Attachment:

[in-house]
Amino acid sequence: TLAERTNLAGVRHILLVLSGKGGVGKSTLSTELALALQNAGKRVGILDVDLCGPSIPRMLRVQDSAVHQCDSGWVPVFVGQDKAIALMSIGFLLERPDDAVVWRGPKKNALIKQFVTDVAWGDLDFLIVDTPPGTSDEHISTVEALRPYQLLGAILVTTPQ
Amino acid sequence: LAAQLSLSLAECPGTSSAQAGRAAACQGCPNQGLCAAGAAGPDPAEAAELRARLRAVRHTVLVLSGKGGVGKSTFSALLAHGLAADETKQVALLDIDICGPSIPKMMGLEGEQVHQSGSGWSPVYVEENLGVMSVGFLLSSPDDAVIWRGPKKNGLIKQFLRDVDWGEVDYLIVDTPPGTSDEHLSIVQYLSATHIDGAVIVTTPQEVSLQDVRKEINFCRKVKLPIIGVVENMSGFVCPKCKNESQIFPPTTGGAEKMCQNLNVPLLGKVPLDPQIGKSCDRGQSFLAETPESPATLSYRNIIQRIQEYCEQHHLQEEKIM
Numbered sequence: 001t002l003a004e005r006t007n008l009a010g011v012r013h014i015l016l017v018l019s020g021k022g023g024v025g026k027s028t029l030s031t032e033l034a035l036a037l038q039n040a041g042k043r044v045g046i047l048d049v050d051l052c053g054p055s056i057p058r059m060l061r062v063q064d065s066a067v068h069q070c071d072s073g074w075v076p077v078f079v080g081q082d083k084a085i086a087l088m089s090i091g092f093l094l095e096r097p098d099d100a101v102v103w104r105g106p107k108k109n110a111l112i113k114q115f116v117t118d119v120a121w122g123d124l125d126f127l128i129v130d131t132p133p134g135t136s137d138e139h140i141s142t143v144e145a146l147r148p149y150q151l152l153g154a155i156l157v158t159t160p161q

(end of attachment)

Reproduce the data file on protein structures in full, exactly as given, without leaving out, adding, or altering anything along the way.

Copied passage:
[in-house]
Amino acid sequence: TLAERTNLAGVRHILLVLSGKGGVGKSTLSTELALALQNAGKRVGILDVDLCGPSIPRMLRVQDSAVHQCDSGWVPVFVGQDKAIALMSIGFLLERPDDAVVWRGPKKNALIKQFVTDVAWGDLDFLIVDTPPGTSDEHISTVEALRPYQLLGAILVTTPQ
Amino acid sequence: LAAQLSLSLAECPGTSSAQAGRAAACQGCPNQGLCAAGAAGPDPAEAAELRARLRAVRHTVLVLSGKGGVGKSTFSALLAHGLAADETKQVALLDIDICGPSIPKMMGLEGEQVHQSGSGWSPVYVEENLGVMSVGFLLSSPDDAVIWRGPKKNGLIKQFLRDVDWGEVDYLIVDTPPGTSDEHLSIVQYLSATHIDGAVIVTTPQEVSLQDVRKEINFCRKVKLPIIGVVENMSGFVCPKCKNESQIFPPTTGGAEKMCQNLNVPLLGKVPLDPQIGKSCDRGQSFLAETPESPATLSYRNIIQRIQEYCEQHHLQEEKIM
Numbered sequence: 001t002l003a004e005r006t007n008l009a010g011v012r013h014i015l016l017v018l019s020g021k022g023g024v025g026k027s028t029l030s031t032e033l034a035l036a037l038q039n040a041g042k043r044v045g046i047l048d049v050d051l052c053g054p055s056i057p058r059m060l061r062v063q064d065s066a067v068h069q070c071d072s073g074w075v076p077v078f079v080g081q082d083k084a085i086a087l088m089s090i091g092f093l094l095e096r097p098d099d100a101v102v103w104r105g106p107k108k109n110a111l112i113k114q115f116v117t118d119v120a121w122g123d124l125d126f127l128i129v130d131t132p133p134g135t136s137d138e139h140i141s142t143v144e145a146l147r148p149y150q151l152l153g154a155i156l157v158t159t160p161q